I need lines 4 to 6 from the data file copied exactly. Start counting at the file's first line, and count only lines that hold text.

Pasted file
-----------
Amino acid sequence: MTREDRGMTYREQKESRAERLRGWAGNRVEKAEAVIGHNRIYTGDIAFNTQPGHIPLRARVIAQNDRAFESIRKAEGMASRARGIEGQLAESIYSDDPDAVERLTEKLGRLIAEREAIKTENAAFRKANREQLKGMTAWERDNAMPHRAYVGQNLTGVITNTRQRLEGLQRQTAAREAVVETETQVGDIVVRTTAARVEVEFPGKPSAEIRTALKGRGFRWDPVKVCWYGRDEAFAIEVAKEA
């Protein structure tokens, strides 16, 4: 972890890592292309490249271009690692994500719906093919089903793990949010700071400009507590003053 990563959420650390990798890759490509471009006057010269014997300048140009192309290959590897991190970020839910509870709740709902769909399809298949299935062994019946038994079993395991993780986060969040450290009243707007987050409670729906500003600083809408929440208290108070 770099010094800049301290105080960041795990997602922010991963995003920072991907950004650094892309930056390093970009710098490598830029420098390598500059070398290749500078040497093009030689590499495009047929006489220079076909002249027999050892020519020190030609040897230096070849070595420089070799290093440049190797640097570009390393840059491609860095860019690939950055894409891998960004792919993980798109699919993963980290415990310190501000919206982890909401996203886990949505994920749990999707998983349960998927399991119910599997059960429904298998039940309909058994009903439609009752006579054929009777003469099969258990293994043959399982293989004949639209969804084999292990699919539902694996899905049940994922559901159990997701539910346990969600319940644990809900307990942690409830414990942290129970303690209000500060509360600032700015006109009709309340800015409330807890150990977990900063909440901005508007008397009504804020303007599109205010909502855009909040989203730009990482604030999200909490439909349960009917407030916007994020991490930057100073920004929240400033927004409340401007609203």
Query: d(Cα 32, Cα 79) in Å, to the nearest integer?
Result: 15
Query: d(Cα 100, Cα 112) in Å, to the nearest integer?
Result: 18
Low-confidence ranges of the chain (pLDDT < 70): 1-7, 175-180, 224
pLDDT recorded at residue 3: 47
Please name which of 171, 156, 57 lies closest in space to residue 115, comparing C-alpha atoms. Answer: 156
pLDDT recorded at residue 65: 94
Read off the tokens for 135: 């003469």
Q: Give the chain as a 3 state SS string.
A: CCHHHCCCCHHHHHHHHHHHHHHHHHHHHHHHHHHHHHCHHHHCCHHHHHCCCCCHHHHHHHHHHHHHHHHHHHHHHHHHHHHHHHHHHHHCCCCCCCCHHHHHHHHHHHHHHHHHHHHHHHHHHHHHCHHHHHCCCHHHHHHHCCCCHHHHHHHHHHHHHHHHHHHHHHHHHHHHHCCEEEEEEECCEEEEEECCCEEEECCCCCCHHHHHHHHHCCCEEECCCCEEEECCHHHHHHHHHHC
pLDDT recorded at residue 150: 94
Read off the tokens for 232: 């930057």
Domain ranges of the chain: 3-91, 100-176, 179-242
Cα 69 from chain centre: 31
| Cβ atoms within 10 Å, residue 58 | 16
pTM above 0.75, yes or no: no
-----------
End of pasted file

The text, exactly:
Result: 15
Query: d(Cα 100, Cα 112) in Å, to the nearest integer?
Result: 18